The leaves are turning, the air is getting chilly, your kids are bugging you about whether they’ll be able to go trick-or-treating.
And here’s the good news: with the right precautions in place, yes, they can!
For those familiar with Emily’s Washington Post opinion piece, this is old news. But if you’re looking for the bare-bones guidance (a quick rundown of the advice minus Emily’s witty anecdotes), this issue is for you.
The overarching thing to recognize here is that kids are adaptable and many will likely be thrilled to just get dressed up and eat candy. It’s us adults who will have to look beyond our disappointment that Halloween 2020 will be unlike those of years past, and focus on making the holiday as fun as possible given the circumstances.
From an epidemiological perspective, Halloween actually isn’t too frightening. For the most part, people trick or treat outside. Mask-wearing is central to the celebration. Adults — a higher-risk group — can walk with their children while maintaining social distance, especially if parents arrange for one adult to accompany a larger group of children. It may be challenging — read: impossible — to keep kids completely distanced. But if they’re wearing masks and they’re outside, especially if they’re little, the data indicates the risk of their spreading COVID is fairly low.
That said, the biggest problem traditional trick-or-treating poses is hordes of children reaching into the same candy bins at the same time, fishing for the primo candy (being sure to avoid raisins and black licorice). Meanwhile, they’re breathing on one another and the adult holding the candy bin. This could potentially contribute to viral spread.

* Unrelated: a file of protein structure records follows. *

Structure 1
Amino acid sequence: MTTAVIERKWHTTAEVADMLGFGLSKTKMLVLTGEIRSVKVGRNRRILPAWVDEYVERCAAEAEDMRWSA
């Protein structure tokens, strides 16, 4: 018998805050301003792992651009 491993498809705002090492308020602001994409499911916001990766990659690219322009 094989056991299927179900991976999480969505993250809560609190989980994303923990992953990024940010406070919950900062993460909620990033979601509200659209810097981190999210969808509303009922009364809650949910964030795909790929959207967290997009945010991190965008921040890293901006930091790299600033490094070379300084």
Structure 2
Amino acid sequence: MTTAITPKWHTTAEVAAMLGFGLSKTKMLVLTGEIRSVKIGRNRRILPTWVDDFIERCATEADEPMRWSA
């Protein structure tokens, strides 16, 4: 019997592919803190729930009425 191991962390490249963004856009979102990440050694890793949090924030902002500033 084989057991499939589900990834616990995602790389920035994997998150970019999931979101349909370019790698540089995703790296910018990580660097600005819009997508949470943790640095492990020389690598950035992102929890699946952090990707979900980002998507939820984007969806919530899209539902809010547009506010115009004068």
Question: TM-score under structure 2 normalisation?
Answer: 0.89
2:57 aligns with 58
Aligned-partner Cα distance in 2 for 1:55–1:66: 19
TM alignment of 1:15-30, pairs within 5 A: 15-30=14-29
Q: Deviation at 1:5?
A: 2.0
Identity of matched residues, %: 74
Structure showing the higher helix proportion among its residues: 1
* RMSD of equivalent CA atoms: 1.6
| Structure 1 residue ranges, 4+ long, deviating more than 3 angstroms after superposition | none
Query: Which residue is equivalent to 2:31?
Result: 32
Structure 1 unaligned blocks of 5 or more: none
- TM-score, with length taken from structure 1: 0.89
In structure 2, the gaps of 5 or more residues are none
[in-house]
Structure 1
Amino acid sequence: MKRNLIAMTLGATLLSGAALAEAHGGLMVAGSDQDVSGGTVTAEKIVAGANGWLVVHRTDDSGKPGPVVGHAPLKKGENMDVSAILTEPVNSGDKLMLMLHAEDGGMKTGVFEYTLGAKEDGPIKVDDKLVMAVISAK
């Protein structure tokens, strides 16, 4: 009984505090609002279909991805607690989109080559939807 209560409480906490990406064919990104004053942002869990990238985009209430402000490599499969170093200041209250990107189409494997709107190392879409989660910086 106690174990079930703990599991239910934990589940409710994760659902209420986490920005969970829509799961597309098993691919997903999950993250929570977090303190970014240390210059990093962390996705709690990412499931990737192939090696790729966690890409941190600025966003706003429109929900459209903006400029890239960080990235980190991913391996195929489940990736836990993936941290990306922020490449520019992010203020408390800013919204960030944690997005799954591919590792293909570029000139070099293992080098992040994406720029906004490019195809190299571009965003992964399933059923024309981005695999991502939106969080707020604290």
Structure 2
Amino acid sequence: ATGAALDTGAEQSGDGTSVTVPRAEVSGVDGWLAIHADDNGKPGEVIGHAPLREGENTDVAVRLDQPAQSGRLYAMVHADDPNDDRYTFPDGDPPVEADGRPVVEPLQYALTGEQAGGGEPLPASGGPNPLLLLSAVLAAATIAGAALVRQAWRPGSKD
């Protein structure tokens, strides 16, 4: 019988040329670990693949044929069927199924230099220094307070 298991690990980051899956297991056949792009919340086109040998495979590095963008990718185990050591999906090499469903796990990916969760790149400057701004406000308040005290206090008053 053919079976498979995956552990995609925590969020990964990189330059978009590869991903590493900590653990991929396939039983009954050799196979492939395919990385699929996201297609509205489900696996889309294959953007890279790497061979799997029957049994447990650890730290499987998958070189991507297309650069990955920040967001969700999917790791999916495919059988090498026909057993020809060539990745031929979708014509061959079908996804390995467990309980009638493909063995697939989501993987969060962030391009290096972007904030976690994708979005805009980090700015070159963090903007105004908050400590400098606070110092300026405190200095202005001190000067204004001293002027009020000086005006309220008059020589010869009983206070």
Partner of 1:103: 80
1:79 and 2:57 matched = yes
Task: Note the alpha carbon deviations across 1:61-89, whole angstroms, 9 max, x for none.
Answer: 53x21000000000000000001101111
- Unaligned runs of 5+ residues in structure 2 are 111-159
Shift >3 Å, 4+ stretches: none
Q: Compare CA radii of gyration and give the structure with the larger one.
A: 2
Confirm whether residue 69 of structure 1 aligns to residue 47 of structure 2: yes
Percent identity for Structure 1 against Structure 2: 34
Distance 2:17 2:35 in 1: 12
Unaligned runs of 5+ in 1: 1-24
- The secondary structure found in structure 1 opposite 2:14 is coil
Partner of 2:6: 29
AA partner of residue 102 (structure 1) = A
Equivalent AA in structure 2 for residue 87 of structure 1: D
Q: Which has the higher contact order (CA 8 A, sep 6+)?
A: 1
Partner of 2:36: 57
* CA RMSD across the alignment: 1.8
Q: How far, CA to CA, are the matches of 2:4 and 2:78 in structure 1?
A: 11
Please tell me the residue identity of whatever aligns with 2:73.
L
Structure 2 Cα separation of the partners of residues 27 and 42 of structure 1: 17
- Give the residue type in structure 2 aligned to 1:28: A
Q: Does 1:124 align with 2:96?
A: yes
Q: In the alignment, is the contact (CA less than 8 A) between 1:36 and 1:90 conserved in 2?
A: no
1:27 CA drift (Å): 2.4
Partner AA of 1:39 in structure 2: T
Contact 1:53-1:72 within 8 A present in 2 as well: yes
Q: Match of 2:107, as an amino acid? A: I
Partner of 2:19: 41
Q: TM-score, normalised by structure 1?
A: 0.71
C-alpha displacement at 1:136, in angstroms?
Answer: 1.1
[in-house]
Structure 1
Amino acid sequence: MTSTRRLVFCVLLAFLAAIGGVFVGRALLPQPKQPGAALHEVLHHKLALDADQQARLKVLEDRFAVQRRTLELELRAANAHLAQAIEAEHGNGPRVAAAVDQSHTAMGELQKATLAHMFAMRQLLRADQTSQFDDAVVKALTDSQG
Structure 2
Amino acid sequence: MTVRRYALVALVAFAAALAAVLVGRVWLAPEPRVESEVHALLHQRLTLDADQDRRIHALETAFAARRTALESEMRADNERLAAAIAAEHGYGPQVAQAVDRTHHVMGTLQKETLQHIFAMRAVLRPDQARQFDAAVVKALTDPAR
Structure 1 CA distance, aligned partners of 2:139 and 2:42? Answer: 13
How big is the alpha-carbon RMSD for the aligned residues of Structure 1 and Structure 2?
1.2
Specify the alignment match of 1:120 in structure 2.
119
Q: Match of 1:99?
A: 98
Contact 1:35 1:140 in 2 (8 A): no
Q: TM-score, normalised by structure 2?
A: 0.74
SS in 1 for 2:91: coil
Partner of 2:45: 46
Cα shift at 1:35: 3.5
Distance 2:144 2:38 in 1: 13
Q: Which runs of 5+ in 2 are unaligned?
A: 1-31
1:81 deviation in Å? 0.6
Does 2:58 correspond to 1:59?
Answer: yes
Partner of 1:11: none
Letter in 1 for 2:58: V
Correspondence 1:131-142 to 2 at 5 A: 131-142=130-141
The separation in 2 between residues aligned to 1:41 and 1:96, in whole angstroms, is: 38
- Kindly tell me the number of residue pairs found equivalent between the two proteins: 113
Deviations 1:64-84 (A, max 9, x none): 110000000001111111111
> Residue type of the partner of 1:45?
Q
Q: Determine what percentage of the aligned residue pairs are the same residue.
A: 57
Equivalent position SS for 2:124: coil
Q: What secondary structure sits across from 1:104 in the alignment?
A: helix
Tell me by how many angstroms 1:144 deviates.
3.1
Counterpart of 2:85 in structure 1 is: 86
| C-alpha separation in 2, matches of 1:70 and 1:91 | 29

This suggests a relatively simple solution: individual treats distributed in a socially distanced way. Instead of sitting on the porch with a communal pot of candy, adults can space goodies out on the front steps with a sign that says “Take ONE”; kids can wave and yell “Trick or Treat” and be on their merry way. It’s true that someone has to touch the candies to place them on the stoop, but we now know that the novel coronavirus doesn’t survive well on surfaces, especially outdoors. Anyone really nervous can plan a costume with gloves.
This set-up works well for traditional suburban house-to-house trick-or-treating. More creativity will be required for large apartment buildings, say. But there are still good options. Neighbors can pick a time to celebrate in a nearby park, bring lawn chairs and hot beverages, and set out appropriately spaced individual candies. Kids can migrate from stash to stash collecting their loot. Adding a scavenger hunt dynamic with maps and checklists could make it even more fun. In other communities, people practice “Trunk or Treat” in parking lots. Different residential situations will require different variations, but the point is that many Americans will be able to find a way for their kids to celebrate Halloween safely.
You didn’t think we’d leave you without an infographic, did you? Here it is, handy and shareable: